Bradwell nuclear site in Essex, UK, powers generators with renewable diesel
Despite now being in a period of “care and maintenance,” Magnox’s Bradwell nuclear site in Essex, U.K., is still inspected on an annual basis to ensure vital systems remain in a safe state.
But with no “active” work taking place on the site, most of the buildings have been cut off from the main power since 2018—meaning diesel generators are used to provide electricity for lighting and equipment when inspections happen.
During the most recent inspections, however, petroleum-based diesel fuel was swapped for hydrotreated vegetable oil (HVO), also known as renewable diesel, made from recycled waste biological materials—making it one of the cleanest, greenest fuels on the market.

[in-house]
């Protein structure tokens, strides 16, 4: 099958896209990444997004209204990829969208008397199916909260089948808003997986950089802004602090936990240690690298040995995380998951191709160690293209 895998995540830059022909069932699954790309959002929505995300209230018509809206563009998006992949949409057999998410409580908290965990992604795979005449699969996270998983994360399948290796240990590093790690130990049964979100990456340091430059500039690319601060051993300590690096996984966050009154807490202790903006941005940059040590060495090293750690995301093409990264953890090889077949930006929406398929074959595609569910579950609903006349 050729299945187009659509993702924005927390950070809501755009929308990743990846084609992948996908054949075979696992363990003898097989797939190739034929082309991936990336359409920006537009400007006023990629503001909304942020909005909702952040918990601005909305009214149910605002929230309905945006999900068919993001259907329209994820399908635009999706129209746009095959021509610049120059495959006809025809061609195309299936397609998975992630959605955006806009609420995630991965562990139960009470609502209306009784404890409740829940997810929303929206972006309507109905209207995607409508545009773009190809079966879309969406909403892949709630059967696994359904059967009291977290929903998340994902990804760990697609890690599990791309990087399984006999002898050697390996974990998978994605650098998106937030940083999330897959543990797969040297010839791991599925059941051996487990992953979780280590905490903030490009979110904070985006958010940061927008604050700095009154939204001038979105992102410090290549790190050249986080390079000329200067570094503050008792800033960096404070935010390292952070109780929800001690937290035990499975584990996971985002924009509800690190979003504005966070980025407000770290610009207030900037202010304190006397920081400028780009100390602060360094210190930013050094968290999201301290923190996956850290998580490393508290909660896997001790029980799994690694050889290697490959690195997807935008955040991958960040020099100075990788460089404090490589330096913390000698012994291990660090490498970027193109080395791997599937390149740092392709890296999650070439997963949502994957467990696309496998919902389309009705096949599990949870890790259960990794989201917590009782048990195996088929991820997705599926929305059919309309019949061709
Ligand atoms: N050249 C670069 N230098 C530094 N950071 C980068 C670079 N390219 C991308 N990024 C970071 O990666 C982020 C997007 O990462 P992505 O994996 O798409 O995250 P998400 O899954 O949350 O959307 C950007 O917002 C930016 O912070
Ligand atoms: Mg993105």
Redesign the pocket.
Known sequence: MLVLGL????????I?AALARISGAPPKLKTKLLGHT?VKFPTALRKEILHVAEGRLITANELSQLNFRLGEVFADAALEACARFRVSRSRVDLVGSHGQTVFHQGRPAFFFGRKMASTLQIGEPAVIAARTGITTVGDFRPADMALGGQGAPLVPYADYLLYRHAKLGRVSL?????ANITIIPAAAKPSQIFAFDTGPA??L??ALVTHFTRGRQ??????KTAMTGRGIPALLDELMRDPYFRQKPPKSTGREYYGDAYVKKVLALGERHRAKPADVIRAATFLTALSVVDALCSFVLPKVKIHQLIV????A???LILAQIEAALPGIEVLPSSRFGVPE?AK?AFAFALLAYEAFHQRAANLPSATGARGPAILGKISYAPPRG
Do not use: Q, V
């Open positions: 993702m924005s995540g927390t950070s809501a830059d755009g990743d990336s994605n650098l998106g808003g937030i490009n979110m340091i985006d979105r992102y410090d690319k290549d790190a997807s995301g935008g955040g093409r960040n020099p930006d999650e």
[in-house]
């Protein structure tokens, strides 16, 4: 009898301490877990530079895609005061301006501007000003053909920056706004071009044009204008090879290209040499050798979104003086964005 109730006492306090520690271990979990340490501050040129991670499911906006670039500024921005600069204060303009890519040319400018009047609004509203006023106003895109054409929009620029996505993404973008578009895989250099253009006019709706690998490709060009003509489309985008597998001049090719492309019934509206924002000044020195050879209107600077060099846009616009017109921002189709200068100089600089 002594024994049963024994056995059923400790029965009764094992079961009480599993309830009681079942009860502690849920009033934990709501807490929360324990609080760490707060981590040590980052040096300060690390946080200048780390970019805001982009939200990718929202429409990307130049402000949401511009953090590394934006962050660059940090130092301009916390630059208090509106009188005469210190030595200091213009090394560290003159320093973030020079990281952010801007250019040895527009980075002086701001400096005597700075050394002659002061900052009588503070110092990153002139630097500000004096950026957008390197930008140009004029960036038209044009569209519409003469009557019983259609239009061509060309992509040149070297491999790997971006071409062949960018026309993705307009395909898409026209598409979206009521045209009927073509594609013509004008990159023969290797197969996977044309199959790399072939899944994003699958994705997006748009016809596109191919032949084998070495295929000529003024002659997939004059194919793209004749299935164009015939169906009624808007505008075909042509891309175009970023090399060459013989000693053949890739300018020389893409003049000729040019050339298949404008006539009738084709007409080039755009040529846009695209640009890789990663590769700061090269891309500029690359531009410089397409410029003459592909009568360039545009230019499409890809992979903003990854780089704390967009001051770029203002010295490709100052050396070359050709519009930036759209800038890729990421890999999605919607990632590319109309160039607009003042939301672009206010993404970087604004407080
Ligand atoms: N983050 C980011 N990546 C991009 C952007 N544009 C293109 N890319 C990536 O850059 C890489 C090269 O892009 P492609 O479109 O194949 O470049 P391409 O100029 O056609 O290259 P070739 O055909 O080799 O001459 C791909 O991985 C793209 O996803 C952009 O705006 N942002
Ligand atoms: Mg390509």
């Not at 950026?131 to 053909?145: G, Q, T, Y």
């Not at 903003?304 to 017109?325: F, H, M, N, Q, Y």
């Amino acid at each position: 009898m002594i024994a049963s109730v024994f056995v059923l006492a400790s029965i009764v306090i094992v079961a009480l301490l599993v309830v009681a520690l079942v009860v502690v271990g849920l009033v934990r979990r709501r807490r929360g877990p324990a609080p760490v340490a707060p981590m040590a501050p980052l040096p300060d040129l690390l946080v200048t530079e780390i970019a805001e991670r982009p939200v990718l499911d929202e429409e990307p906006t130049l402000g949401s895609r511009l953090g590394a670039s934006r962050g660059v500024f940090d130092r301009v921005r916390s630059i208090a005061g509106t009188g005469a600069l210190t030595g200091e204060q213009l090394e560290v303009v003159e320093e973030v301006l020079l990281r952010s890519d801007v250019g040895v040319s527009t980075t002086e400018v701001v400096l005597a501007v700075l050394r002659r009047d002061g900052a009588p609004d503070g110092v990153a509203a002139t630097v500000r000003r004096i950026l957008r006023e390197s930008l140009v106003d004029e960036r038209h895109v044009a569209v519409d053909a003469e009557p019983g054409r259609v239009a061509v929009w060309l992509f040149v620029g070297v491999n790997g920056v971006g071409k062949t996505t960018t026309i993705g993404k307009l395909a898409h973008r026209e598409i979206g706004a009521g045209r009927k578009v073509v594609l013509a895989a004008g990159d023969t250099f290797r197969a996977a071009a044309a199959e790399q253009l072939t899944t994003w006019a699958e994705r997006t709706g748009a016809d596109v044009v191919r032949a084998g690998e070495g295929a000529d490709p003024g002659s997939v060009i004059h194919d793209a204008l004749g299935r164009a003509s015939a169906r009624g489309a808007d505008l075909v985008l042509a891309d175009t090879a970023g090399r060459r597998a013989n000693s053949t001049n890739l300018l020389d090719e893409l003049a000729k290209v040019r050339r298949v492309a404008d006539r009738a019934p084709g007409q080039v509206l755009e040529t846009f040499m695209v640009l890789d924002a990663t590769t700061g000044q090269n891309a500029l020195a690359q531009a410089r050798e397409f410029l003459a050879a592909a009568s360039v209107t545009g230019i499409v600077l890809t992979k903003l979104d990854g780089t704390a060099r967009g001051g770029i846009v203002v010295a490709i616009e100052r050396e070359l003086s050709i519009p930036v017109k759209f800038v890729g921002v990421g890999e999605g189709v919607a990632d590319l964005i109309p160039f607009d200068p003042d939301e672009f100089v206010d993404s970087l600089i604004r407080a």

“Using HVO reduces CO2 emissions by around 90 percent and particulate emissions by 80 percent—so less greenhouse gases and cleaner air for us to breathe,” said Sohail Ashraf, director of the Bradwell site.
“It is also recycled, biodegradable and nontoxic with no negative impact on the performance of the generators,” Ashraf continued.
By using generators powered by renewable diesel, Ashraf said they were also able to charge batteries and reduce running times.
“This increased efficiency reduced environmental emissions even further and meant we saved over £17,000 in fuel costs during the work,” Ashraf said.
As a result, Ashraf added that the team was able to complete this year’s inspections a week ahead of schedule.
“Sustainability means balancing financial, environmental and human needs in order to protect our planet for current and future generations,” Ashraf said. “And this simple switch ticks all these boxes, meaning it is a really sustainable innovation.”